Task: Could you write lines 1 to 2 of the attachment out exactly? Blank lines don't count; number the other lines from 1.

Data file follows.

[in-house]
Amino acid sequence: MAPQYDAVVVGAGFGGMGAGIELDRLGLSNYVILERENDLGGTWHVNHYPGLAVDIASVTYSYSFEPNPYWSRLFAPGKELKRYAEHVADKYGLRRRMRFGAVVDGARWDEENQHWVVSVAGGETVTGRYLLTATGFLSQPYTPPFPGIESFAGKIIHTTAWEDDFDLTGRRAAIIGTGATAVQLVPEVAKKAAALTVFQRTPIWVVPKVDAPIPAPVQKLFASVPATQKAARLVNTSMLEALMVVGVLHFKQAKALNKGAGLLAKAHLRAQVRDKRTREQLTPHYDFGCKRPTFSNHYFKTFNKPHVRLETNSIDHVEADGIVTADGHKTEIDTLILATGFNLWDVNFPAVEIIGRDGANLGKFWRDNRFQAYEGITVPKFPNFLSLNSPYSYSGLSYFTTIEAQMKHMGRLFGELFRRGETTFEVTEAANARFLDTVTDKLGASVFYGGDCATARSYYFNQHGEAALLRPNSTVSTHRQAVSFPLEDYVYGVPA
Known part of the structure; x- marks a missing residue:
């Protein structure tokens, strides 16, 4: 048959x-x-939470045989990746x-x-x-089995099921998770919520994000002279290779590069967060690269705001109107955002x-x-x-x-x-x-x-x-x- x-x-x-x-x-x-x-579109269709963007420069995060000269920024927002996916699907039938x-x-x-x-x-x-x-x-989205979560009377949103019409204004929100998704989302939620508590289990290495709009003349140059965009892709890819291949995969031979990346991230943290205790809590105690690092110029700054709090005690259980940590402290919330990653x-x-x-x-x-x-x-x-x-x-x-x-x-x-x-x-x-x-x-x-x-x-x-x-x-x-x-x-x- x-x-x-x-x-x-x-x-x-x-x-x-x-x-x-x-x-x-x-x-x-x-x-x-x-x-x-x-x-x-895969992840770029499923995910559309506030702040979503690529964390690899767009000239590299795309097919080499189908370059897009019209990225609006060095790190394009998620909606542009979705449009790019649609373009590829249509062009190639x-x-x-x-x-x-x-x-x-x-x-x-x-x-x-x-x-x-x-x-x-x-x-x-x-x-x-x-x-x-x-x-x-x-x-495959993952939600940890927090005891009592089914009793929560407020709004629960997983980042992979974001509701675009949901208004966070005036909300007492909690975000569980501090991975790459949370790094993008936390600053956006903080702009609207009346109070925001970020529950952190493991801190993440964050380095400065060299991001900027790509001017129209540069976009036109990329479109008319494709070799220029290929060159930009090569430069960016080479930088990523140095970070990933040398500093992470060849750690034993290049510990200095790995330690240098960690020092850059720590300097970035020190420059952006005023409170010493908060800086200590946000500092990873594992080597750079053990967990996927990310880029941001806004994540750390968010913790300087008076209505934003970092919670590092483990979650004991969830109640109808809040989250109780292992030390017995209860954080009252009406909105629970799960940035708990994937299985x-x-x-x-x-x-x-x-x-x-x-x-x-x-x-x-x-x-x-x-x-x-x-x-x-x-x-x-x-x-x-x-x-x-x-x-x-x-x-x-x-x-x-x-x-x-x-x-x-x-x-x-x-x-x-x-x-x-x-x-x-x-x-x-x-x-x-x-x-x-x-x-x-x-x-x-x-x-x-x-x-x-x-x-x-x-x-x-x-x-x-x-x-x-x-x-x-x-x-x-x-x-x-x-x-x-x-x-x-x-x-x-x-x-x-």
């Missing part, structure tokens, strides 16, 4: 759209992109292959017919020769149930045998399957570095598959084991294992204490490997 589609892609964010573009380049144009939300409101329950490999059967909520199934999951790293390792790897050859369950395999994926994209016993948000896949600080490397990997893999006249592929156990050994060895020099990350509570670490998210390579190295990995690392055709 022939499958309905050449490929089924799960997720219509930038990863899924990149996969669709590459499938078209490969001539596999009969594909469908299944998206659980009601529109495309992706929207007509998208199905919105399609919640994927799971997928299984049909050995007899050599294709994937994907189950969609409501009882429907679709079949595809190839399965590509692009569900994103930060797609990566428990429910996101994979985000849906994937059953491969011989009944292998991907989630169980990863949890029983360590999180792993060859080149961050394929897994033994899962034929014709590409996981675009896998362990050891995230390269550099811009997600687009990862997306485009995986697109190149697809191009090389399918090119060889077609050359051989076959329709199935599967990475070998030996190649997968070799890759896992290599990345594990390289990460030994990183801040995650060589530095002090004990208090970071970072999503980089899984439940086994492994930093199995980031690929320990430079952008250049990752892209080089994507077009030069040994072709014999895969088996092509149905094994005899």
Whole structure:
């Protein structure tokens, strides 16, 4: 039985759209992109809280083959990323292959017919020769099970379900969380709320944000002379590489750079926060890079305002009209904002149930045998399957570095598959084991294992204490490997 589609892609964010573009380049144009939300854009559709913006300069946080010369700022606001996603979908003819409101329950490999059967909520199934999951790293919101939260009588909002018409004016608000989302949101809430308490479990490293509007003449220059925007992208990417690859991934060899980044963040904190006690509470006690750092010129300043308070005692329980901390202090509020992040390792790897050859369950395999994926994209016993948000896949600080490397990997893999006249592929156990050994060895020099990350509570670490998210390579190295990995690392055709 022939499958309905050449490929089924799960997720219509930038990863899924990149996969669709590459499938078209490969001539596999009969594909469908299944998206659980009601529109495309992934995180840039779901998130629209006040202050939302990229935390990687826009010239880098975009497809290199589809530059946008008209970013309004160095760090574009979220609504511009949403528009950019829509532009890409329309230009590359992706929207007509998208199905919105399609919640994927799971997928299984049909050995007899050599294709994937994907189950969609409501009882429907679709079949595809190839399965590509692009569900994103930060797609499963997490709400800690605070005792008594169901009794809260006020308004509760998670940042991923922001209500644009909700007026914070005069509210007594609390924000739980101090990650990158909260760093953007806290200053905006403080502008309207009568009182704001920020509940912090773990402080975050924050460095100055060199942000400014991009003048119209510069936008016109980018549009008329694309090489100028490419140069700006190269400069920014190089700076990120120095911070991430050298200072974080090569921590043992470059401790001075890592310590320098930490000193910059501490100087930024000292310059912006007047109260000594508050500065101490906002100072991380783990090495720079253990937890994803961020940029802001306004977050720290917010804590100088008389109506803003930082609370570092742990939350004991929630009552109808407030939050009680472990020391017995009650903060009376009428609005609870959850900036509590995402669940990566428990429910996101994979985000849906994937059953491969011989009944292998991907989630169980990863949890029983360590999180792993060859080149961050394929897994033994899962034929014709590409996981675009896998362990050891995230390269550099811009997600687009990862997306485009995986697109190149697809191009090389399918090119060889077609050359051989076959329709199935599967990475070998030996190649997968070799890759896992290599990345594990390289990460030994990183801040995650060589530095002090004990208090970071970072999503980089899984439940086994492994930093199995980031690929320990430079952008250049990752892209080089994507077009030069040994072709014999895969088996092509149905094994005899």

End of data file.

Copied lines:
[in-house]
Amino acid sequence: MAPQYDAVVVGAGFGGMGAGIELDRLGLSNYVILERENDLGGTWHVNHYPGLAVDIASVTYSYSFEPNPYWSRLFAPGKELKRYAEHVADKYGLRRRMRFGAVVDGARWDEENQHWVVSVAGGETVTGRYLLTATGFLSQPYTPPFPGIESFAGKIIHTTAWEDDFDLTGRRAAIIGTGATAVQLVPEVAKKAAALTVFQRTPIWVVPKVDAPIPAPVQKLFASVPATQKAARLVNTSMLEALMVVGVLHFKQAKALNKGAGLLAKAHLRAQVRDKRTREQLTPHYDFGCKRPTFSNHYFKTFNKPHVRLETNSIDHVEADGIVTADGHKTEIDTLILATGFNLWDVNFPAVEIIGRDGANLGKFWRDNRFQAYEGITVPKFPNFLSLNSPYSYSGLSYFTTIEAQMKHMGRLFGELFRRGETTFEVTEAANARFLDTVTDKLGASVFYGGDCATARSYYFNQHGEAALLRPNSTVSTHRQAVSFPLEDYVYGVPA